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Titolo:
Biochemical changes in multiple system atrophy detected with positron emission tomography
Autore:
Gilman, S;
Indirizzi:
Univ Michigan, Hlth Syst, Dept Neurol, Ann Arbor, MI 48109 USA Univ Michigan Ann Arbor MI USA 48109 Dept Neurol, Ann Arbor, MI 48109 USA
Titolo Testata:
PARKINSONISM & RELATED DISORDERS
fascicolo: 3, volume: 7, anno: 2001,
pagine: 253 - 256
SICI:
1353-8020(200107)7:3<253:BCIMSA>2.0.ZU;2-M
Fonte:
ISI
Lingua:
ENG
Soggetto:
STRIATAL MONOAMINERGIC TERMINALS; OLIVOPONTOCEREBELLAR ATROPHY; CONSENSUS STATEMENT; CLINICAL-FEATURES; AUTONOMIC FAILURE; NATURAL-HISTORY; DIAGNOSIS; DEGENERATIONS; CEREBELLAR; PATHOLOGY;
Keywords:
sporadic olivopontocerebellar atrophy; multiple system atrophy; autonomic failure; parkinsonism; cerebellar ataxia; positron emission tomography;
Tipo documento:
Article
Natura:
Periodico
Settore Disciplinare:
Clinical Medicine
Citazioni:
37
Recensione:
Indirizzi per estratti:
Indirizzo: Gilman, S Univ Michigan, Hlth Syst, Dept Neurol, 1500 E Med Ctr Dr,1914TC,Ann Arbor, MI 48109 USA Univ Michigan 1500 E Med Ctr Dr,1914TC Ann Arbor MI USA 48109 SA
Citazione:
S. Gilman, "Biochemical changes in multiple system atrophy detected with positron emission tomography", PARKINS R D, 7(3), 2001, pp. 253-256

Abstract

Multiple system atrophy (MSA) is a sporadic neurodegenerative disorder manifested by parkinsonism and dysfunction of autonomic, cerebellar, urinary, and pyramidal systems. The most frequent presentation is with a combinationof parkinsonism and autonomic dysfunction, but cerebellar ataxia with autonomic failure occurs frequently as well. Striatonigral degeneration (SND) and sporadic olivopontocerebellar atrophy (sOPCA) can progress to include autonomic failure and thus may be forms of MSA, but it is not known whether all such cases progress to MSA. Utilizing positron emission tomography (PET)with various ligands, my colleagues and I have investigated the biochemical changes in sOPCB and MSA to understand the relationship between these disorders. An initial study revealed decreased local cerebral metabolic rates for glucose in the brainstem, cerebellum, putamen, thalamus and cerebral cortex in both MSA and sOPCA, suggesting that many sOPCA patients would evolve to develop MSA. Later studies confirmed this by demonstrating decreased monoaminergic nigrostriatal terminals in both sOPCA and MSA patients. The studies suggest that the ligand used might be helpful in determining the riskthat an individual patient with sOPCA will progress to develop MSA. An investigation of the course of sOPCA patients observed clinically over severalyears revealed that approximately one-fourth of them progress to MSA within five years. Studies of gamma-aminobutyric acid type A/benzodiazepine neurotransmitter receptors revealed that these sites are largely preserved in sOPCA and MSA. indicating that symptomatic pharmacological therapy may be possible in these disorders. (C) 2001 Elsevier Science Ltd. All rights reserved.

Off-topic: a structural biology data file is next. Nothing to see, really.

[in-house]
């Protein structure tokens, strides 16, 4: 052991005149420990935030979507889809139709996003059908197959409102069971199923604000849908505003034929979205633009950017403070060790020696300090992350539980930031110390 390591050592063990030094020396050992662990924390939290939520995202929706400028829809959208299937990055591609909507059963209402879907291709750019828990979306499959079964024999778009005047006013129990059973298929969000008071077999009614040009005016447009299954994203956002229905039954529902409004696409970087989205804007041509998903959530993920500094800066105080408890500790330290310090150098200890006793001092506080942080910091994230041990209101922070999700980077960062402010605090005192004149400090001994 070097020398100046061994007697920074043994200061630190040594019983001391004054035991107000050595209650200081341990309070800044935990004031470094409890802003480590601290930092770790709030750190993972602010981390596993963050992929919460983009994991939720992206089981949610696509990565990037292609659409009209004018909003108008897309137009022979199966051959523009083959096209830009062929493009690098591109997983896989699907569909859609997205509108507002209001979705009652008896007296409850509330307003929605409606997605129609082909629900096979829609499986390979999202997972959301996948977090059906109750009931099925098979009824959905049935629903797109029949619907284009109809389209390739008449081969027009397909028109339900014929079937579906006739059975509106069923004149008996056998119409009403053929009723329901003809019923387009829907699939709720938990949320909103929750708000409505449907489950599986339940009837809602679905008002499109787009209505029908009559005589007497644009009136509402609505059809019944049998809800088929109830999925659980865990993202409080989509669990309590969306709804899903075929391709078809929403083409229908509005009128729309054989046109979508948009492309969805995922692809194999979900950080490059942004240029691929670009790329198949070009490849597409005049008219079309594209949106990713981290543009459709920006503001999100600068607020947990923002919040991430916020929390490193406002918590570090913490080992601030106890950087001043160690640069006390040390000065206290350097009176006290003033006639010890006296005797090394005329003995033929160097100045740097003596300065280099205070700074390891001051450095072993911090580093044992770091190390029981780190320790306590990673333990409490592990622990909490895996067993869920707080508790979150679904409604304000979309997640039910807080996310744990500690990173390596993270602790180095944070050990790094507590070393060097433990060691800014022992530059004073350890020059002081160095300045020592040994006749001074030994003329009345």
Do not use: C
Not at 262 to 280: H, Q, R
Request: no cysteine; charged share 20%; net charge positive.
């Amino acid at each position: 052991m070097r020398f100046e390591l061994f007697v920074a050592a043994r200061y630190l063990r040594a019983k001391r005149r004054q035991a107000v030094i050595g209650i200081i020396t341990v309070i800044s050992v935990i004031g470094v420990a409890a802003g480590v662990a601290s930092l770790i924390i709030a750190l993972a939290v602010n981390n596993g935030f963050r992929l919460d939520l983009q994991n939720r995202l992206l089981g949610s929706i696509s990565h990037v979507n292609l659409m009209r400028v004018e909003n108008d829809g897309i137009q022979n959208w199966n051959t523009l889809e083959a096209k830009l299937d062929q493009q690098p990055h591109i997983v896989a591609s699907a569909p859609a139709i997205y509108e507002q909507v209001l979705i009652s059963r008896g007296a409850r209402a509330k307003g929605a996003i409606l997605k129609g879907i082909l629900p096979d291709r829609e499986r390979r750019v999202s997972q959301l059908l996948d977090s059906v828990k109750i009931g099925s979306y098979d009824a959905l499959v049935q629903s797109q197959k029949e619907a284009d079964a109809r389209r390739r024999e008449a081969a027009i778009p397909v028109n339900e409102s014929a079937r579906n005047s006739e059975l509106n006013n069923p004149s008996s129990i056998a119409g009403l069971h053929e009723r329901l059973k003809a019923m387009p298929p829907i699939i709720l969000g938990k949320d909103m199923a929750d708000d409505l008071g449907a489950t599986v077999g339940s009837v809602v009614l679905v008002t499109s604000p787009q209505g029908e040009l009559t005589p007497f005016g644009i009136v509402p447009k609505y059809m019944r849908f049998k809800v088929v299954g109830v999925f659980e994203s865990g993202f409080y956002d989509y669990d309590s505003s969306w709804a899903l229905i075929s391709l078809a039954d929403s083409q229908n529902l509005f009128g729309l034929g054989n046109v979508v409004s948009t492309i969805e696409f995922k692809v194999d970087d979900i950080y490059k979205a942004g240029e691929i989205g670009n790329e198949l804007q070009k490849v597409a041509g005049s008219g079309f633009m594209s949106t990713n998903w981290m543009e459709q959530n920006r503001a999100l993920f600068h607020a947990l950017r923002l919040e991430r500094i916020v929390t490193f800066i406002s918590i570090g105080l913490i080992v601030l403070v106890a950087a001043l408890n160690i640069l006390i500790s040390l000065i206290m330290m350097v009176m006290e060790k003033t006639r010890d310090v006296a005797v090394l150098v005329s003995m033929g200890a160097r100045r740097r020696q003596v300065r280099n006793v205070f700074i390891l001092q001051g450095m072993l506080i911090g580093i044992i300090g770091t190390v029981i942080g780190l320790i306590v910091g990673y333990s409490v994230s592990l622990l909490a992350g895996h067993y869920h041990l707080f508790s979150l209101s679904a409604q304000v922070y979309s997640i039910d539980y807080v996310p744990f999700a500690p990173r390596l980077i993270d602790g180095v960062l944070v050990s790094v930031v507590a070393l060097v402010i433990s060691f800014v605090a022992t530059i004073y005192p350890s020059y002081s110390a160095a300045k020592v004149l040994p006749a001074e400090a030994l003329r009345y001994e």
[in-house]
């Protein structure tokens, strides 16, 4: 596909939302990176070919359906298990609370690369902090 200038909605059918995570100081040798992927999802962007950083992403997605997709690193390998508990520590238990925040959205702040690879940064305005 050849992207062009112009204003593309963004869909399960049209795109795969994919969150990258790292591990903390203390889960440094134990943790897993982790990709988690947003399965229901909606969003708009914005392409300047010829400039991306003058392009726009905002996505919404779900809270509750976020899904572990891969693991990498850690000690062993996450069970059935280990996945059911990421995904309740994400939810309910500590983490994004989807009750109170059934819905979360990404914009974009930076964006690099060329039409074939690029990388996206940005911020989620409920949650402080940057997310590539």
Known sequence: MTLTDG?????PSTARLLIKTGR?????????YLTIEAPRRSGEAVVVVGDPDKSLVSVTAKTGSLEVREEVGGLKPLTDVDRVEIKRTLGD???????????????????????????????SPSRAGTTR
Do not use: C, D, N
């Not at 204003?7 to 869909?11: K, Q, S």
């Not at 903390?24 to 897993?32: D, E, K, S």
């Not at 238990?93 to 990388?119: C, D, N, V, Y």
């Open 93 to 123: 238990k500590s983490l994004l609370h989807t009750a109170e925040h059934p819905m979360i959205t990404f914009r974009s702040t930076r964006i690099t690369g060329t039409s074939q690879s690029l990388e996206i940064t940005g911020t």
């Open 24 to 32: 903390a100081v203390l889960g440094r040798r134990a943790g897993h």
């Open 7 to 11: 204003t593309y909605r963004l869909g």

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Documento generato il 17/09/19 alle ore 23:34:24